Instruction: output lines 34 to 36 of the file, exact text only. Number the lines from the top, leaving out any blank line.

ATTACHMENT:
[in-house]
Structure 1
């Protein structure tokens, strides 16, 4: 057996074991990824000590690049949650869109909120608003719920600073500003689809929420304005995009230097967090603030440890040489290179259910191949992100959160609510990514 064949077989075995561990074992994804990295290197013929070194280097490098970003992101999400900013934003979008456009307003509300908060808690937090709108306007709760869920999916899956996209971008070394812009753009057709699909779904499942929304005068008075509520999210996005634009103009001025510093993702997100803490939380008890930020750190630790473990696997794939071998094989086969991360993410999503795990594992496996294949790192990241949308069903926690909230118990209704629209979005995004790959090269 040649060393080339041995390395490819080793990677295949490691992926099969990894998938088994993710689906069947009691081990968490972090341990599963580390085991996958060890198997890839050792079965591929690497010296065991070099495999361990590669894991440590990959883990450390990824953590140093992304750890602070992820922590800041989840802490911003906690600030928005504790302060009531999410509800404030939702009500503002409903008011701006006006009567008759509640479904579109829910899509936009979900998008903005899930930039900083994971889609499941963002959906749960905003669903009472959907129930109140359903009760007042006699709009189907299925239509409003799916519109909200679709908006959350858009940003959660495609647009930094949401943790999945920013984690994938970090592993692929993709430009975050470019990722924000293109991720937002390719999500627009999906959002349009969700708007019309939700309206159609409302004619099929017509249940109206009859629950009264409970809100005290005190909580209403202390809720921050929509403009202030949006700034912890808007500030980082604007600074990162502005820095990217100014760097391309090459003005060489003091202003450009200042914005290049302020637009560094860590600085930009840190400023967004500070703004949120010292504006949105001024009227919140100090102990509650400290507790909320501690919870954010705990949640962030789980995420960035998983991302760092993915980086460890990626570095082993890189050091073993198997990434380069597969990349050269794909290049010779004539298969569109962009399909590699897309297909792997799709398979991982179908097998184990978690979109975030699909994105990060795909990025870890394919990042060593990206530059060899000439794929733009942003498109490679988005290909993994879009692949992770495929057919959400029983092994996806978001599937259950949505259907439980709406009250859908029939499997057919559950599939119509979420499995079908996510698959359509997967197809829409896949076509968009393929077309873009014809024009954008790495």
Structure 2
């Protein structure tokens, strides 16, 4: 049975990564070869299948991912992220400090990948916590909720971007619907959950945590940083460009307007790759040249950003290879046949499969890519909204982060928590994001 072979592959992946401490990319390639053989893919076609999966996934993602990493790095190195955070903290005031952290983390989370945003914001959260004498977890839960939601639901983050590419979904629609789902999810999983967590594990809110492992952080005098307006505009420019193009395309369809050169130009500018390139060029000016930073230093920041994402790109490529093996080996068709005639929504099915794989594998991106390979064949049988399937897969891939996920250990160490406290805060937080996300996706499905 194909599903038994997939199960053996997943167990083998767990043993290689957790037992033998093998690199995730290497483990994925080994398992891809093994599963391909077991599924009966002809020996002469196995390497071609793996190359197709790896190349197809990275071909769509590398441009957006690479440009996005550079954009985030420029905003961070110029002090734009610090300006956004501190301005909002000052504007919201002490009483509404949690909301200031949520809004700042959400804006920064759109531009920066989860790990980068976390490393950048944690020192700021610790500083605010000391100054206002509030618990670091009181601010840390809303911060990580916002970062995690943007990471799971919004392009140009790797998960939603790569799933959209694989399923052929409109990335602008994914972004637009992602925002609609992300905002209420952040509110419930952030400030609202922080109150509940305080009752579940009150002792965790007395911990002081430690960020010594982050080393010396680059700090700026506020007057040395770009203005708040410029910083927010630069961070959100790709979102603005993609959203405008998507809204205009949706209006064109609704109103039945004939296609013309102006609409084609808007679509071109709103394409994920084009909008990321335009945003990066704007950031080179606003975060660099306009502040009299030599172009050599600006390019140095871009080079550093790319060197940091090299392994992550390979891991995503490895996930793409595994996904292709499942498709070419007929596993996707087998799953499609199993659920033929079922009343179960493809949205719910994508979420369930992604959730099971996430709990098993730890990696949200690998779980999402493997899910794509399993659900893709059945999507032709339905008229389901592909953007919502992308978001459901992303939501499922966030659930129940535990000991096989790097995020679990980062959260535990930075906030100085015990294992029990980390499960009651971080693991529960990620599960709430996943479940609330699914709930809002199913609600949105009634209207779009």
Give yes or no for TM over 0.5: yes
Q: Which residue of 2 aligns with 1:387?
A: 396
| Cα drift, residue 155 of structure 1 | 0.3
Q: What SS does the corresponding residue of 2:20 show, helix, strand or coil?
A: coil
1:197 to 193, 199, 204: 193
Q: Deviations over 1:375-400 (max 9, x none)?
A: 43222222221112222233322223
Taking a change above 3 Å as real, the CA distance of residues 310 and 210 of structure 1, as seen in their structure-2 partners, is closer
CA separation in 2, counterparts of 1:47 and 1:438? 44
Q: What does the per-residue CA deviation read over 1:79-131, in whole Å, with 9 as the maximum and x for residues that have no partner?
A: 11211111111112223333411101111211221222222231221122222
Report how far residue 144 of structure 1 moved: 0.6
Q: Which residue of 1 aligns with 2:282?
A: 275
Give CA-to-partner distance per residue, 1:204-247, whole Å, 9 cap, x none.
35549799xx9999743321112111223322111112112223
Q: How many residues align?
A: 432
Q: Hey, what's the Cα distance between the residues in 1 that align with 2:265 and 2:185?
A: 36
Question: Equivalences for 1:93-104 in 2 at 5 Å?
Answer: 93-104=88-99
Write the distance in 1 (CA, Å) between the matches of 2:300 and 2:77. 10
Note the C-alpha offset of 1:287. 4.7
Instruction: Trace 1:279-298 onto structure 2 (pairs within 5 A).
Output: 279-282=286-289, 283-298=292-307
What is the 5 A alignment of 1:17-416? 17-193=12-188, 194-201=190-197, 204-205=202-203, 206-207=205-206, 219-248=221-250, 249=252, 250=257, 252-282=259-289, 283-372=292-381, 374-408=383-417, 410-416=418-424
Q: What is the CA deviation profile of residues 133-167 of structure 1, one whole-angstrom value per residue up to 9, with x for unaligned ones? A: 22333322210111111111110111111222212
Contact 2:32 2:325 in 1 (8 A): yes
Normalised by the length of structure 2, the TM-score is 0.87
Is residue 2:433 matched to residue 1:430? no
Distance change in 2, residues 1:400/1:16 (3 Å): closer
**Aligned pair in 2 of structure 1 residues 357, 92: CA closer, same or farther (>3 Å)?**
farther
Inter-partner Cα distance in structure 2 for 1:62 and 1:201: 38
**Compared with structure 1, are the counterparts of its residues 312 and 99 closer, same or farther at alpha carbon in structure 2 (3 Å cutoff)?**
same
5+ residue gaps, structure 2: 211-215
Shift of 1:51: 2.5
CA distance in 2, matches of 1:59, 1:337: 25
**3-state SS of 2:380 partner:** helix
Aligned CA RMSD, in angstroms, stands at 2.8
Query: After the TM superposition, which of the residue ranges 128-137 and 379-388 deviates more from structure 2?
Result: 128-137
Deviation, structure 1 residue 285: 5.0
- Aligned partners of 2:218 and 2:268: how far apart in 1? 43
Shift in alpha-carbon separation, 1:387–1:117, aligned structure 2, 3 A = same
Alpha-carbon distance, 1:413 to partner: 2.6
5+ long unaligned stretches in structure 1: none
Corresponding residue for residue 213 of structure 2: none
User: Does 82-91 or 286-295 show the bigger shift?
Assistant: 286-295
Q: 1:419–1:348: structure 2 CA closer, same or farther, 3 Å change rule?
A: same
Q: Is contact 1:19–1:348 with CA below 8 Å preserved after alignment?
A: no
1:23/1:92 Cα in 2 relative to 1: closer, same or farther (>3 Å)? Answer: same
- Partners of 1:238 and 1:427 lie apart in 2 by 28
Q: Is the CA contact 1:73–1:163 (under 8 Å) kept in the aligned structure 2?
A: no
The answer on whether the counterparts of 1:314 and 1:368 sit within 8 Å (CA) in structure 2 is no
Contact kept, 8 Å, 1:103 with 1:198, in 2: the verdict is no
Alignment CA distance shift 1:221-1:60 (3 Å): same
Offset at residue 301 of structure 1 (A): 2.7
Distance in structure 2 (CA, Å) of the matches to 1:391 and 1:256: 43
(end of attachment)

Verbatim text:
What is the 5 A alignment of 1:17-416? 17-193=12-188, 194-201=190-197, 204-205=202-203, 206-207=205-206, 219-248=221-250, 249=252, 250=257, 252-282=259-289, 283-372=292-381, 374-408=383-417, 410-416=418-424
Q: What is the CA deviation profile of residues 133-167 of structure 1, one whole-angstrom value per residue up to 9, with x for unaligned ones? A: 22333322210111111111110111111222212
Contact 2:32 2:325 in 1 (8 A): yes